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Vegetable IPM Updates Archive
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Lettuce Downy Mildew (January 22, 2014)
The last rainfall received in the Yuma area greater than 0.01 inch occurred November 21 to 23, according to the AZMET weather station at the U of A Yuma Agricultural Center. Since downy mildew development depends on the presence of free moisture on plant leaves, why can downy mildew appear in some lettuce fields in spite of our current lack of rainfall? The answer lies in the development of dew on leaves. Irrigation supplies ample moisture to plants, and the microenvironment within developing lettuce crops can result in development of dew. The number of days and hours per day that dew is present can affect downy mildew development and severity. Also, the relatively warm temperatures we have had recently favor disease development when leaf wetness requirements are met. Optimum management of downy mildew is achieved by having a fungicide in place before disease symptoms become apparent. Good levels of disease suppression can also be obtained by initiating fungicide applications at the very first sign of the disease; however, there is a time lag between infection by the pathogen (Bremia lactucae) and appearance of visible symptoms. This incubation period can range from 3 days to longer than a week, depending on temperature, relative humidity, and lettuce variety susceptibility to the pathogen. By the time lettuce downy mildew lesions are observed, many more are likely present but have not matured to a sufficient extent to be visible. Fungicide evaluation trials conducted at the Yuma Agricultural Center in Arizona as well as in other states have demonstrated statistically significant reduction in disease by application of fungicides such as Actigard, Aliette, Cabrio, Curzate, Forum, Presidio, Manzate, Previcur Flex, Prophyt, Ranman, Reason, Revus, and Tanos. Several different modes of action are represented by these compounds, thus facilitating alternation among different chemistries for effective disease management as well as pathogen resistance management. Low relative humidity and little or no dew on leaves will help arrest downy mildew development. However, constant vigilance is needed, as future occurrences of dew and rainfall will favor development and expansion of downy mildew activity.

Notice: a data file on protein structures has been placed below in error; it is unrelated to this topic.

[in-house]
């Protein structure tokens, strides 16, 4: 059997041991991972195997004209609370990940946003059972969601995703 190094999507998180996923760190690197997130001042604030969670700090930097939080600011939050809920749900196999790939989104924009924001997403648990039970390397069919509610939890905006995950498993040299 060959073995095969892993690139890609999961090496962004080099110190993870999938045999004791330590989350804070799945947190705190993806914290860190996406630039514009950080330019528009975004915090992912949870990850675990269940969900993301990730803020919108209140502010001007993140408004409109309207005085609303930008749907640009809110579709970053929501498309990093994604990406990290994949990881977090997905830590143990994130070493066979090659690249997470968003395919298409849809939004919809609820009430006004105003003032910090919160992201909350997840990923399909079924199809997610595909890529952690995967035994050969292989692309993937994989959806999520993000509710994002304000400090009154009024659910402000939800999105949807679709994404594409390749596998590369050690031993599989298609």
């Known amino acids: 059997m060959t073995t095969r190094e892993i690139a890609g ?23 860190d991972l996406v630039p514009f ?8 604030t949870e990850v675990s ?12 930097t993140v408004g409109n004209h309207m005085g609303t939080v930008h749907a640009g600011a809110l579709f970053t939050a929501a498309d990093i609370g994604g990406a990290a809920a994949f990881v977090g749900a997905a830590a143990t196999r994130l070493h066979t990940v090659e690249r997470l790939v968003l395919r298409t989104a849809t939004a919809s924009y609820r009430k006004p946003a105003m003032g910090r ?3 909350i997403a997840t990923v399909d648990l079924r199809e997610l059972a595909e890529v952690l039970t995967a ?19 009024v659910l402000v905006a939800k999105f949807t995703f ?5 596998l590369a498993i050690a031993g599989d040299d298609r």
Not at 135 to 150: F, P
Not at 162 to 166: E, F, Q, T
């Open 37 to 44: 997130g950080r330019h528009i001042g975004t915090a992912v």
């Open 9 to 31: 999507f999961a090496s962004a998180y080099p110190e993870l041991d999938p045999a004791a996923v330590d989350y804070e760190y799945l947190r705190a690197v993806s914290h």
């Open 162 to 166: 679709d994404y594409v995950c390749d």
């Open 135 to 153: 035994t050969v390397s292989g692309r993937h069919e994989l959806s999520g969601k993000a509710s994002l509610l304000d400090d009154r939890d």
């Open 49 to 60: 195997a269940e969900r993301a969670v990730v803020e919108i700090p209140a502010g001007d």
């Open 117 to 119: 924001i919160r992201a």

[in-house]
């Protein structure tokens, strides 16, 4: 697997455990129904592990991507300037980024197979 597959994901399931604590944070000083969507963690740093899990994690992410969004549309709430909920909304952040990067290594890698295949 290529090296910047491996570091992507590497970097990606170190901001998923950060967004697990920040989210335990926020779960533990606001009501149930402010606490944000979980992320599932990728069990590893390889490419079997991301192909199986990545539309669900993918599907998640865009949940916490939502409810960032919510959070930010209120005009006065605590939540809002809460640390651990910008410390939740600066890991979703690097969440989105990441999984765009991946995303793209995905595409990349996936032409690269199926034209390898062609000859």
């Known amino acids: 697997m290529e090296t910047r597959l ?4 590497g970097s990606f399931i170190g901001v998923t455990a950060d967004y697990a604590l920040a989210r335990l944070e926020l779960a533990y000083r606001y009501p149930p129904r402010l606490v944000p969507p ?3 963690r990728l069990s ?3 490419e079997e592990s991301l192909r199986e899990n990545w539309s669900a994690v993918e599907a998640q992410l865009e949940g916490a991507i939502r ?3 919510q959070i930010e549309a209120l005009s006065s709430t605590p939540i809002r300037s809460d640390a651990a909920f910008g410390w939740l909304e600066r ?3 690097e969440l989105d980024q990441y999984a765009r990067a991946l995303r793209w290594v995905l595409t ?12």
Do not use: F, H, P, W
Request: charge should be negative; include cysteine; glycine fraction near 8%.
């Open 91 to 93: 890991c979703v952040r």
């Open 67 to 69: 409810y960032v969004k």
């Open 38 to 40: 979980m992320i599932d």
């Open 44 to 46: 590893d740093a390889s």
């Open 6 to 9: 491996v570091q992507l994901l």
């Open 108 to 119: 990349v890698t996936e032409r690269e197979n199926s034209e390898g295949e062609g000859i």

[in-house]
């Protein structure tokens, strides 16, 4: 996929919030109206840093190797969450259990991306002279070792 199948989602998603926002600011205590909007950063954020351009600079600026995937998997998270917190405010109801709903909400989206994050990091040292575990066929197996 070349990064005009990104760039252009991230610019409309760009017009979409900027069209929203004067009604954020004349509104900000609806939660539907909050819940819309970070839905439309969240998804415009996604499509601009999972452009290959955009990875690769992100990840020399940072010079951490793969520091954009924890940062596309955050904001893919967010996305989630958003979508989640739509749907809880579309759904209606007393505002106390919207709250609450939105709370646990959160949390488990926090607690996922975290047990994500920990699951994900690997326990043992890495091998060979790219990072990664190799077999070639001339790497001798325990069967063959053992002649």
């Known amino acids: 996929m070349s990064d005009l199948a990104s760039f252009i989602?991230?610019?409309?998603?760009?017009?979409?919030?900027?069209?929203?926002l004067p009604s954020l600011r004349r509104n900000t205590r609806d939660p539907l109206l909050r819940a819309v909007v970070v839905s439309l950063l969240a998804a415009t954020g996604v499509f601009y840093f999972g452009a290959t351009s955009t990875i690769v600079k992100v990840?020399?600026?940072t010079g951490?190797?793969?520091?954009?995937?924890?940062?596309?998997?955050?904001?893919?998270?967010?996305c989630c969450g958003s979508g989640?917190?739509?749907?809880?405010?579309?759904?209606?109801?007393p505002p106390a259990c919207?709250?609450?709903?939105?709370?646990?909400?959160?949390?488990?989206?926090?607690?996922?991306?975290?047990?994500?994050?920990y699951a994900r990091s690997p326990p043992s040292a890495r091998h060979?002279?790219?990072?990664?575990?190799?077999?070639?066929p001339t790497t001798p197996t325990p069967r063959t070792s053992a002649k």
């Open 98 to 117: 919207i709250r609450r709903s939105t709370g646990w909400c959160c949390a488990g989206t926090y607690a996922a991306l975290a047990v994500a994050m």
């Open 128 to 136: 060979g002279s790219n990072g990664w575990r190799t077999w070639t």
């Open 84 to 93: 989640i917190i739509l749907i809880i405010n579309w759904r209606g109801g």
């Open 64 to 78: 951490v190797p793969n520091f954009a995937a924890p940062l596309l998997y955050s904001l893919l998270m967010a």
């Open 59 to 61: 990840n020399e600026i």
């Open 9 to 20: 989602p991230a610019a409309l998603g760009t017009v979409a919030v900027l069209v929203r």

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For questions or comments on any of the topics please contact Marco Pena at the Yuma Agricultural Center.
College of Agriculture, The University of Arizona, Tucson, AZ.

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